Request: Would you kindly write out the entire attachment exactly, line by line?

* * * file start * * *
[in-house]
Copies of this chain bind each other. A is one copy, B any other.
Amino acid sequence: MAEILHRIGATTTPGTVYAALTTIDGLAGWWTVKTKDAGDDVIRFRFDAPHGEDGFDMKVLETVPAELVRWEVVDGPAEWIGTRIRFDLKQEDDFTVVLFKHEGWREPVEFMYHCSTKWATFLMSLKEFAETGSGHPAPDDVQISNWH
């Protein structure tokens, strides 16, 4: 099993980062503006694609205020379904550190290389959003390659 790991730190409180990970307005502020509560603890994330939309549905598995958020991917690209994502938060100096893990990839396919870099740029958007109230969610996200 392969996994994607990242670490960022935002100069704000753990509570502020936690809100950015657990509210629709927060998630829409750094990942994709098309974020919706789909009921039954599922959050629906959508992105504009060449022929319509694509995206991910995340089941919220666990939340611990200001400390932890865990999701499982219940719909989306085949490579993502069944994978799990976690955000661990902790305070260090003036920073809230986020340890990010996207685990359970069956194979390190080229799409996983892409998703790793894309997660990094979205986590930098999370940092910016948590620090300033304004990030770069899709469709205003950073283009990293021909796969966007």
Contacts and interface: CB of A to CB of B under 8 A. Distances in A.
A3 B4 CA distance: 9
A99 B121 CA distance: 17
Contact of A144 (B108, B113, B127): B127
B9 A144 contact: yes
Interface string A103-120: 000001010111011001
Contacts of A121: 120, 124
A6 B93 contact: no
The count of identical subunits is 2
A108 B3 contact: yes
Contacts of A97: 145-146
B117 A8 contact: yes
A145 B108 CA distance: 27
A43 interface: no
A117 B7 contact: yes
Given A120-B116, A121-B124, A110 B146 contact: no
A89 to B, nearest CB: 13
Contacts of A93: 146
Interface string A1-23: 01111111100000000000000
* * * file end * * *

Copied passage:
[in-house]
Copies of this chain bind each other. A is one copy, B any other.
Amino acid sequence: MAEILHRIGATTTPGTVYAALTTIDGLAGWWTVKTKDAGDDVIRFRFDAPHGEDGFDMKVLETVPAELVRWEVVDGPAEWIGTRIRFDLKQEDDFTVVLFKHEGWREPVEFMYHCSTKWATFLMSLKEFAETGSGHPAPDDVQISNWH
């Protein structure tokens, strides 16, 4: 099993980062503006694609205020379904550190290389959003390659 790991730190409180990970307005502020509560603890994330939309549905598995958020991917690209994502938060100096893990990839396919870099740029958007109230969610996200 392969996994994607990242670490960022935002100069704000753990509570502020936690809100950015657990509210629709927060998630829409750094990942994709098309974020919706789909009921039954599922959050629906959508992105504009060449022929319509694509995206991910995340089941919220666990939340611990200001400390932890865990999701499982219940719909989306085949490579993502069944994978799990976690955000661990902790305070260090003036920073809230986020340890990010996207685990359970069956194979390190080229799409996983892409998703790793894309997660990094979205986590930098999370940092910016948590620090300033304004990030770069899709469709205003950073283009990293021909796969966007």
Contacts and interface: CB of A to CB of B under 8 A. Distances in A.
A3 B4 CA distance: 9
A99 B121 CA distance: 17
Contact of A144 (B108, B113, B127): B127
B9 A144 contact: yes
Interface string A103-120: 000001010111011001
Contacts of A121: 120, 124
A6 B93 contact: no
The count of identical subunits is 2
A108 B3 contact: yes
Contacts of A97: 145-146
B117 A8 contact: yes
A145 B108 CA distance: 27
A43 interface: no
A117 B7 contact: yes
Given A120-B116, A121-B124, A110 B146 contact: no
A89 to B, nearest CB: 13
Contacts of A93: 146
Interface string A1-23: 01111111100000000000000